If I could go back in time I wish I would have tried to get to know my dad better.  I wish I would have been able to figure out how to let down some of my own walls and get my dad to do the same.

I originally posted this 2 years ago.  Since then, through researching my family tree, I found an old class picture from when he was in the eighth grade.  He is the tallest in his class but somehow gives the impression he wants to be invisible.  Or else he just didn’t want his picture taken.  I was happy to find the picture as there were few childhood pictures of dad.

As I have mentioned elsewhere in my blog, my sister is an alcoholic as well.  I don’t know if my dad and sister had a genetic vulnerability to alcoholism, but it sure is a tough disease.

I apologize if you have already seen this posted.  I am confused about trying to repost an old post and I am not sure if  it had went through on the other tries.


Now I Know What My Problem Is..

I am in a good place with my depression right now.  I still take antidepressants and don’t foresee that changing any time soon.  Sometimes I come across statements that are so incredibly ignorant about depression I become incredibly angry though.  This one comes from a so called holistic pharmacy student.  She writes:

“Accept Sadness: I wouldn’t suggest that clinical depression is the same thing as a bad mood. However, the availability of treatment for mental disorders supports our refusal to work through emotions. Emotions are part of the human experience: both good and bad ones. “

Golly gee, if I had simply accepted my sadness and not refused to work through my emotions I would be in such a great place.

I realize people are trying to (sometimes) be helpful with their commentary, but please please stop assuming you know what a person has been through or what they have tried.

As a person who lives and works in a community with a major teaching hospital/university and comes across health care students of every stripe,  I have never heard such an ignorant statement.  And this student claims that she is holistic.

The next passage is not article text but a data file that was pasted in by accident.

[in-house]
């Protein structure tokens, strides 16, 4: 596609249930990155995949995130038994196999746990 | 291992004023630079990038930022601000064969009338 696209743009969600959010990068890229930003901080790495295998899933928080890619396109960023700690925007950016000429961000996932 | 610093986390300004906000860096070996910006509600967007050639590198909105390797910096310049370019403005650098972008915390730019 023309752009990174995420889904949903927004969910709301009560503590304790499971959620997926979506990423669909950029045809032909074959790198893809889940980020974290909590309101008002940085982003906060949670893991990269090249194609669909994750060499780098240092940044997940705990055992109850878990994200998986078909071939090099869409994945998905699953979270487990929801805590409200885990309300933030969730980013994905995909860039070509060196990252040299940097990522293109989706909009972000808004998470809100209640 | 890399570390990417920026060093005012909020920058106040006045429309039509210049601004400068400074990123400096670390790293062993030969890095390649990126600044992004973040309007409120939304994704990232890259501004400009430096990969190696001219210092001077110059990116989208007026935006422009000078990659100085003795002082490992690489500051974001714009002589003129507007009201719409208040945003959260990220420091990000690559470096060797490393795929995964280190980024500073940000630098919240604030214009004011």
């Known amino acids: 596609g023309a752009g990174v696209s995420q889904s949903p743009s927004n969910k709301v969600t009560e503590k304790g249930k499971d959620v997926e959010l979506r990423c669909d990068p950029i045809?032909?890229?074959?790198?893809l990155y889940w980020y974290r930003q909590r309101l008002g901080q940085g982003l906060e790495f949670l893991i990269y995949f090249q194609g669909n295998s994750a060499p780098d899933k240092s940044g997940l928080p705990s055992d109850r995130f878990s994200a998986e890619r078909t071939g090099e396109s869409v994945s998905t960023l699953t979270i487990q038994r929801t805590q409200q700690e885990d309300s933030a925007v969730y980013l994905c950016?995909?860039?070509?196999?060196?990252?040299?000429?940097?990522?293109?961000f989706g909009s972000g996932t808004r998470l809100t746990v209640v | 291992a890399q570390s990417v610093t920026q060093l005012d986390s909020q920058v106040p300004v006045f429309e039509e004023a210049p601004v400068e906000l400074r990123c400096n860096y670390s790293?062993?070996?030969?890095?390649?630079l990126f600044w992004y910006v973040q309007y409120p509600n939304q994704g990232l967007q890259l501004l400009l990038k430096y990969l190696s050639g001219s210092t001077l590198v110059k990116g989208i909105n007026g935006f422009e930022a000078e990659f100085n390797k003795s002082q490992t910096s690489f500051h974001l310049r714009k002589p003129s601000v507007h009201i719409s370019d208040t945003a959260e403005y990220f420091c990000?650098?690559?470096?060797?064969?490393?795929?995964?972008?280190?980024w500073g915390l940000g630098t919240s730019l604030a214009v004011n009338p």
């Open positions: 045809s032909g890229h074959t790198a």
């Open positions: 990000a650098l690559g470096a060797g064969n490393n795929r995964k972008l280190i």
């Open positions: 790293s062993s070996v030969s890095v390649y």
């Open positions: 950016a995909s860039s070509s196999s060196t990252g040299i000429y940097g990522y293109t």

As a young adult I used to do a lot of walking, because I had no car.  I used to get plenty of Vitamin D and exercise.  I sometimes would walk over a bridge over a river with a swift current and think about jumping in. More than once.  Especially when I walked over the river when it was dark.  It was as if the river was inviting me in. The experience of walking over the bridge has never quite left me as one of the darkest points in my life. I wasn’t taking antidepressants.  I almost never never admit to having those feelings.

You can have your own opinions about antidepressants, but please please don’t think you know what a depressed person has tried or make assumptions that they refuse to work through emotions.  Just don’t.

And because I have to be snarky, I would think because my family probably ate plenty of sauerkraut back in the day, according to the author I would be practically immune from depression.  I ain’t never going to try any kombucha though, so I guess I am not trying hard enough.

Straight Arrow Hits Bottom

This post is spinoff of  Nostalgia.  I mention a straight arrow guy who now is in the marijuana business in Colorado, where pot is legal.

I called him Juan, not his real name.  When I first met him, I felt as if he was a male version of myself.  We were both a bit socially awkward and shy.  Of course back then in my college student days I would never labeled myself as socially awkward.  Our parents expected us to travel a narrow path.  No room for errors.  Juan had much to compete against.

Juan was the youngest of five.  There was maybe 15 years between Juan and his older siblings. They’d graduated college. One was a dentist, another a doctor.  So starting college, he knew he’d better aim high.  In addition to getting a degree, he was in ROTC while in college, and after graduating became an officer in the military.

People can hit bottom at any time in their lives.  Just like many of my friends, Juan successfully transitioned from college life to adult life.  While my friends seemed to be having the time of their lives I was spinning my wheels, struggling to stay afloat.  I’d dropped out of college, was officially diagnosed with depression.  My parents would disown me for this or that.  It seems surreal now to think about it.  I would crawl myself out of the black hole and rebuild my life.

As I saw my friends, Juan, and my sister successfully navigate their lives, it didn’t occur to me that they would have their own versions of hitting bottom later.  I knew I wasn’t the only person to hit a speedbump in their young adult lives.